The Pursuit of Happiness and the Bible

Now listen, you who say, “Today or tomorrow we will go to this or that city, spend a year there, carry on business and make money.” Why, you do not even know what will happen tomorrow. What is your life? You are a mist that appears for a little while and then vanishes.

James 4:13-14

I’ve been asking myself this question lately: is “the pursuit of happiness” even biblical?

Are all people really “endowed by their Creator” with the unalienable right to “Life, Liberty and the pursuit of Happiness.”

Or is that just something man invented?

This feels almost like heresy.

But the Declaration of Independence isn’t scripture.

Patriotism isn’t my religion.

Politics aren’t my god.

America is the land of my birth, but my devotion is to God’s kingdom above all else.

Too often I see people (including myself) make decisions based on what we think will make us happiest.

Should I live in this or that place?

Should I work here or there?

Should I do this or that?

Should I marry this person?

Should I have children?

Should I get a divorce?

Am I fulfilled enough?

Am I appreciated enough?

Am I happy enough?

We make ourselves dizzy with questions.

We tell our friends our problems and we ask their opinions.

What we’re missing is that no amount of moving or change will ever fill us.

The newness will rub off and go dull.

The grass will always be greener on the other side.

Is the pursuit of happiness an empty search?

Are we bringing our decisions before the Lord?

Instead of asking ourselves what will make us happy, maybe we should be asking God what will bring him glory.

Change for the sake of change isn’t improvement.

He doesn’t tell us to self-improve or self-fulfill.

He tells us to die to self.

Are his plans our plans?

Are our plans his plans?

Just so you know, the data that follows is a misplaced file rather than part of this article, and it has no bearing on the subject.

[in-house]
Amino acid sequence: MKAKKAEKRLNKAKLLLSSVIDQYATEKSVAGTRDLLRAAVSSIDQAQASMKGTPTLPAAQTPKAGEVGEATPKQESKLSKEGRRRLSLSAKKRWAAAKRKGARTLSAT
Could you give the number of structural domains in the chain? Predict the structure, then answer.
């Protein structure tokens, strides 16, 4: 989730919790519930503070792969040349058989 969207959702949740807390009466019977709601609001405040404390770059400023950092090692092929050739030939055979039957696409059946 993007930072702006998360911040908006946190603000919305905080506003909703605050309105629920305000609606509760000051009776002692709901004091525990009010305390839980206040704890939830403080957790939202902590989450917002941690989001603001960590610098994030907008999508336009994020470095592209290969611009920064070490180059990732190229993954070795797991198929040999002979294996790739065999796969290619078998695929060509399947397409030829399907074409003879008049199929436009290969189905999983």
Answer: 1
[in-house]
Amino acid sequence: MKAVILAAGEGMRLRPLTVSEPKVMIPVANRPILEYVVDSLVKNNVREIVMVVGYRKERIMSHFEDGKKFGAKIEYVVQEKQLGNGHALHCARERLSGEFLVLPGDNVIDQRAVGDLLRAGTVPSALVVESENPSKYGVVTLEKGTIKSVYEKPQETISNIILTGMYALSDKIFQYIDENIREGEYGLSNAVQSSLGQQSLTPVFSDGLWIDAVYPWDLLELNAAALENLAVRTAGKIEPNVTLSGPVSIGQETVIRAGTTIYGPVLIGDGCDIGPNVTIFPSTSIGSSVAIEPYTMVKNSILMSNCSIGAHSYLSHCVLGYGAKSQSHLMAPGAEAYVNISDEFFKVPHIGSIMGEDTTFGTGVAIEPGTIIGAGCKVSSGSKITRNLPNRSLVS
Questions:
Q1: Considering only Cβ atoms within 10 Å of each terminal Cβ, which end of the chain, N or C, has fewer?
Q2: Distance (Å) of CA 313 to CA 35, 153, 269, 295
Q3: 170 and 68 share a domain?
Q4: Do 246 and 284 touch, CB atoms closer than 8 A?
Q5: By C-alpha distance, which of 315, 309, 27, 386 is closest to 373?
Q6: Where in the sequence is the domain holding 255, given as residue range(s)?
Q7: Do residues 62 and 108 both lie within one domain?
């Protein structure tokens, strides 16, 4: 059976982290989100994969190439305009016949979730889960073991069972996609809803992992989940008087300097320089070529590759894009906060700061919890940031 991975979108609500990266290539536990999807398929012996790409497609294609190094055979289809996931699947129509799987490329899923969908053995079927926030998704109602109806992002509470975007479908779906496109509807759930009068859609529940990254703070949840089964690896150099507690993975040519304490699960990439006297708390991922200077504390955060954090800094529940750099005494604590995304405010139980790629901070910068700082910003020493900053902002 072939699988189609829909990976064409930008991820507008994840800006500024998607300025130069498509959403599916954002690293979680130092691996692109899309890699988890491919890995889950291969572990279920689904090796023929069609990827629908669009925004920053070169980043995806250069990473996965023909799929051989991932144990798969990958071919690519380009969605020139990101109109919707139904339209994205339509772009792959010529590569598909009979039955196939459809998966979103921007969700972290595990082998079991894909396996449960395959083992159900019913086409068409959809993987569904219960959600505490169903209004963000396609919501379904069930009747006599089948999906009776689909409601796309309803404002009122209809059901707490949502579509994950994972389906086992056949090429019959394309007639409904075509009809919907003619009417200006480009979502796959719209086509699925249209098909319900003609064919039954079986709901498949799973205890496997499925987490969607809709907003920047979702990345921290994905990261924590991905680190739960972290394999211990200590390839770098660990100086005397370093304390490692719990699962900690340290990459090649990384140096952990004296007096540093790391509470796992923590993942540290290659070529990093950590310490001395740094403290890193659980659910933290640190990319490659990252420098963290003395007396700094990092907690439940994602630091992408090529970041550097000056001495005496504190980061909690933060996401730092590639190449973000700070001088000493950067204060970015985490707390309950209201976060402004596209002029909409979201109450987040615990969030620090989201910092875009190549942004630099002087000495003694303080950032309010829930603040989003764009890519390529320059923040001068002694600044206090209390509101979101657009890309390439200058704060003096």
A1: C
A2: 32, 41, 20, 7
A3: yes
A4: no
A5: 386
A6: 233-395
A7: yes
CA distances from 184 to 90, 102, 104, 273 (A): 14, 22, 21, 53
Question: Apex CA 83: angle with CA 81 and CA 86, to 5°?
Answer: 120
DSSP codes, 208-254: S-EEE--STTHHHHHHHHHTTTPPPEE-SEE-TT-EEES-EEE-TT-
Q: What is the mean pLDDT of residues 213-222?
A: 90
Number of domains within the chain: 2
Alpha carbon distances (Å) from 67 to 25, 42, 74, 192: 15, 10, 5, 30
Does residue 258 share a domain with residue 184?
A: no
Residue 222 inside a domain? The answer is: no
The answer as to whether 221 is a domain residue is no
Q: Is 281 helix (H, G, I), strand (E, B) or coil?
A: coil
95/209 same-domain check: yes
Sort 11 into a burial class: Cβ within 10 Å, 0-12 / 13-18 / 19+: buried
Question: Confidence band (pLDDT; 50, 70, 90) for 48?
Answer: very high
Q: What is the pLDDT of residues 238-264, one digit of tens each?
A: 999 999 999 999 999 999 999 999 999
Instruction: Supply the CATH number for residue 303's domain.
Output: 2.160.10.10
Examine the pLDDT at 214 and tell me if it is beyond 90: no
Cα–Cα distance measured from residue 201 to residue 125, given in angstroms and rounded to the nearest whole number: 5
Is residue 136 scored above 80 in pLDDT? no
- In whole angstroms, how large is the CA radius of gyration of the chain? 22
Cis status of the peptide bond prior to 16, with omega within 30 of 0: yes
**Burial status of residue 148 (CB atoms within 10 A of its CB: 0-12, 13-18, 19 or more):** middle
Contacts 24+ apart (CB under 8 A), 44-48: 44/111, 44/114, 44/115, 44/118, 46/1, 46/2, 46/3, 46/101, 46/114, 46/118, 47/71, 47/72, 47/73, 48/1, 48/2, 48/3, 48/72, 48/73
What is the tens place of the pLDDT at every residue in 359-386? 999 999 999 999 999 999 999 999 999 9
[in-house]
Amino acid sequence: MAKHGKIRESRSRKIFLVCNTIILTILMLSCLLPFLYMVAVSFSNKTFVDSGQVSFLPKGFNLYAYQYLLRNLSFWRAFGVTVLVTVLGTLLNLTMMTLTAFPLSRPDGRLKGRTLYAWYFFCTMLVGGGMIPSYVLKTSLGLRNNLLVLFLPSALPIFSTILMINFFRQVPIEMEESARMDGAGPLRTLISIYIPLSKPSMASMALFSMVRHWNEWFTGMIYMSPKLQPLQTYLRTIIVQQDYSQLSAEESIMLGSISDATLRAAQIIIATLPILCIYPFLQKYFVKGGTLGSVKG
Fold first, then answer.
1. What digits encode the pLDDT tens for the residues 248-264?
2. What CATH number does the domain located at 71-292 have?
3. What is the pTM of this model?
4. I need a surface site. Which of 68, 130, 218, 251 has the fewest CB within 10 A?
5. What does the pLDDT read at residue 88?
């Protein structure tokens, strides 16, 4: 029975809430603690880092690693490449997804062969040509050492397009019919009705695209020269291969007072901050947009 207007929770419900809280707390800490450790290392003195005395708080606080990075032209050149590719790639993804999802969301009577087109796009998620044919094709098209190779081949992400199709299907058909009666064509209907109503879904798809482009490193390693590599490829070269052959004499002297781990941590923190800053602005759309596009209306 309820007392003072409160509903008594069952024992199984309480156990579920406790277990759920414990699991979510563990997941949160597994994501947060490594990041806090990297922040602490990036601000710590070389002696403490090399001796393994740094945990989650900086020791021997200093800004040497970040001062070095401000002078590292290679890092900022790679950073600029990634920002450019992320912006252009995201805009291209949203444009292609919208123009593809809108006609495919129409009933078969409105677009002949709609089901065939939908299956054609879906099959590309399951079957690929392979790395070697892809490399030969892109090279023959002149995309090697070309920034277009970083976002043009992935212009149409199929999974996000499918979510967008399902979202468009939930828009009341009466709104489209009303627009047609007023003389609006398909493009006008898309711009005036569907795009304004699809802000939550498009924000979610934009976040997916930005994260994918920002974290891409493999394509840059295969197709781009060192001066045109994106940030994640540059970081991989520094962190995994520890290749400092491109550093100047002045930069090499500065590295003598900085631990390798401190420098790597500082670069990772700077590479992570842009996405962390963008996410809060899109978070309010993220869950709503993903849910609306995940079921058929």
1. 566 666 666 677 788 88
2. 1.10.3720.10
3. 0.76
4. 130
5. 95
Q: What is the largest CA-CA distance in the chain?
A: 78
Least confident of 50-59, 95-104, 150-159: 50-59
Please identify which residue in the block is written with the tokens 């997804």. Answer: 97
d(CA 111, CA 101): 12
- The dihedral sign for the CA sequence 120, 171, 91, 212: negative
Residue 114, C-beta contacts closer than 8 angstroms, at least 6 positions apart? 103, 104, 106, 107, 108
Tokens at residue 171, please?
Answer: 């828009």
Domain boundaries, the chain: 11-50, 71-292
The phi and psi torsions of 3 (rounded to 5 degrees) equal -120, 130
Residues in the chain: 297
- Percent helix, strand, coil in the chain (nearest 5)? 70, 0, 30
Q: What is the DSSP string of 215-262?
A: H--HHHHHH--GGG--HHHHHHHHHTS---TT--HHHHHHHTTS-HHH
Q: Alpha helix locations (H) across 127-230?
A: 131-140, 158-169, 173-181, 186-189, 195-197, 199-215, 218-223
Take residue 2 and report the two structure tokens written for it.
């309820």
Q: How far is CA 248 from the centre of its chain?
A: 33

Are we even consulting him?

Or are we more interested in building our perfect little lives?

Are we more interested in the American Dream than surrendering our dreams to him?

Are we upset that he isn’t speaking to us when we’re the ones that stopped speaking to him?

We can’t have it both ways.

We can’t serve God and ourselves.

We can’t serve God and money.

We’re a “me” generation in the midst of a “me” crisis.

And yet we still feel unfulfilled.

Have we created a gospel in which we are the center and not Jesus?

A “me gospel?”

God loves me.


Christianity’s object is me.

Therefore, when I look for a church, I look for the music that best fits me and the programs that best cater to me and my family. When I make plans for my life and career, it is about what works best for me and my family. When I consider the house I will live in, the car I will drive, the clothes I will wear, the way I will live, I will choose according to what is best for me.

This is the version of Christianity that largely prevails in our culture.

But this is not biblical Christianity.

The message of biblical Christianity is not “God loves me, period,” as if we were the object of our own faith. The message of biblical Christianity is “God loves me so that I might make him – his ways, his salvation, his glory, and his greatness – known among the nations.”

David Platt, Radical: Taking Back Your Faith from the American Dream


We all want purpose. We keep searching for it.

But he says we must die to truly live.

So far I’ve found this to be true.

My depression shows its ugly head when I’m too consumed by what I want next.

Then when I get it, I want something else.

I live for the next thing and then the next.

I am disappointed.

This isn’t living.

I have experienced real life before – the times (and it doesn’t happen often enough) that I gave of myself.

That I served.

That I invested in someone.

That I opened my home.

That I truly listened.

That I was vulnerable.

That I gave of myself.

That I forgot about myself.

Those were the times I was truly alive.

Forget self-preservation.

I need transformation.

I need to surrender.

I need to relinquish control and invite God in.